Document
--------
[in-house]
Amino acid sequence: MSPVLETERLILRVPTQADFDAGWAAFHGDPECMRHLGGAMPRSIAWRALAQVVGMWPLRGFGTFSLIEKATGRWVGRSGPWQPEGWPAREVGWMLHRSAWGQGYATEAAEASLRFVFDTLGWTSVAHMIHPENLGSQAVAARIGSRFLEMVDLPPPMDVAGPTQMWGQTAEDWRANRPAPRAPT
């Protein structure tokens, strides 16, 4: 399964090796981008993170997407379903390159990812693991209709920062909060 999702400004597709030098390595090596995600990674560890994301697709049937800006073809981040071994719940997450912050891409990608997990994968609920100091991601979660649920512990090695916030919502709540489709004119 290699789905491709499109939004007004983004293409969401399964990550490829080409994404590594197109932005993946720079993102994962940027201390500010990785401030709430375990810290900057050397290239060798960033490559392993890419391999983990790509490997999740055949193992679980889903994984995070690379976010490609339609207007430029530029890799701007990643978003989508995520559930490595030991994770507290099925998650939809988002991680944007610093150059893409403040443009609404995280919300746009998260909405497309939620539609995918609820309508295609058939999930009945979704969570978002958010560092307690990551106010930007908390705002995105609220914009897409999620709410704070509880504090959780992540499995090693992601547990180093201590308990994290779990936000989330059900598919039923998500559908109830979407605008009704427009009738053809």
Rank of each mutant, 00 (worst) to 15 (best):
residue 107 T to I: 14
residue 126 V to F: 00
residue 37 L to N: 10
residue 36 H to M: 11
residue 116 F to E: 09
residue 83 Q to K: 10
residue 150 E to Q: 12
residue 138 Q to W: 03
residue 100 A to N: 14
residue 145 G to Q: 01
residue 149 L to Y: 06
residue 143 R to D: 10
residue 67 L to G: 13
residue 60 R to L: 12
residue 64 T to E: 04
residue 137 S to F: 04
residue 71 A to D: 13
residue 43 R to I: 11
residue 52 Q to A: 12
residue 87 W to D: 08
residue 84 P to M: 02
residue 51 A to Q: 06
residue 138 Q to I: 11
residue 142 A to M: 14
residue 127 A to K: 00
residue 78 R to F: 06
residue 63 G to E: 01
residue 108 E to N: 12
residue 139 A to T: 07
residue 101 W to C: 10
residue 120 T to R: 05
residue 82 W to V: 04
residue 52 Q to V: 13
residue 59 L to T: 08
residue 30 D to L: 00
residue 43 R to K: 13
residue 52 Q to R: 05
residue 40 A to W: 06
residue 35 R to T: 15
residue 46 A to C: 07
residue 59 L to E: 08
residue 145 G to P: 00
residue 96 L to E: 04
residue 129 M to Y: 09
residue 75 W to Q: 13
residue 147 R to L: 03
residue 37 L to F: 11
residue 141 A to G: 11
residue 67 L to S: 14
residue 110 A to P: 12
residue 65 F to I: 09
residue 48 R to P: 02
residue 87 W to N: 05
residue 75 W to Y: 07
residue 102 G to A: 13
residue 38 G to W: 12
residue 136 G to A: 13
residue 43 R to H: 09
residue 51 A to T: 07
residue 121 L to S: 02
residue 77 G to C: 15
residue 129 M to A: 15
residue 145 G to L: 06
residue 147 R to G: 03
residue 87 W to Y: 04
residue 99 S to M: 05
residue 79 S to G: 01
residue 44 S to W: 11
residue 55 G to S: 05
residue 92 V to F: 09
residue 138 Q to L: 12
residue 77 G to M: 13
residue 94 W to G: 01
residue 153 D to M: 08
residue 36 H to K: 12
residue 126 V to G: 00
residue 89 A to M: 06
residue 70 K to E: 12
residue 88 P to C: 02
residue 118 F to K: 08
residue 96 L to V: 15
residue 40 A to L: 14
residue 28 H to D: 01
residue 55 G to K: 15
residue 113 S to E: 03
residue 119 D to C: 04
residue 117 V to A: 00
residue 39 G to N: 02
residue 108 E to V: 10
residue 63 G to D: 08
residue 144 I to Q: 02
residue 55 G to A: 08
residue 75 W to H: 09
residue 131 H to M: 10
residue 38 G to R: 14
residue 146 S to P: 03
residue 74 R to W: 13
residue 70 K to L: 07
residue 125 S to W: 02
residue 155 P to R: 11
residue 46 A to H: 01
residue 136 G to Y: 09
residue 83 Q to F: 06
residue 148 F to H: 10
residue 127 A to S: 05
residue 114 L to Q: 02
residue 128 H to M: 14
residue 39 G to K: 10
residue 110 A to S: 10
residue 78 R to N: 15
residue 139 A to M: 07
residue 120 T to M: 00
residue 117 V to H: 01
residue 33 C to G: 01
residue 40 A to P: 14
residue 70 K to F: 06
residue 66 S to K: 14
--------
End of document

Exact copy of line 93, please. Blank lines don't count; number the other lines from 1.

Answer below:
residue 108 E to V: 10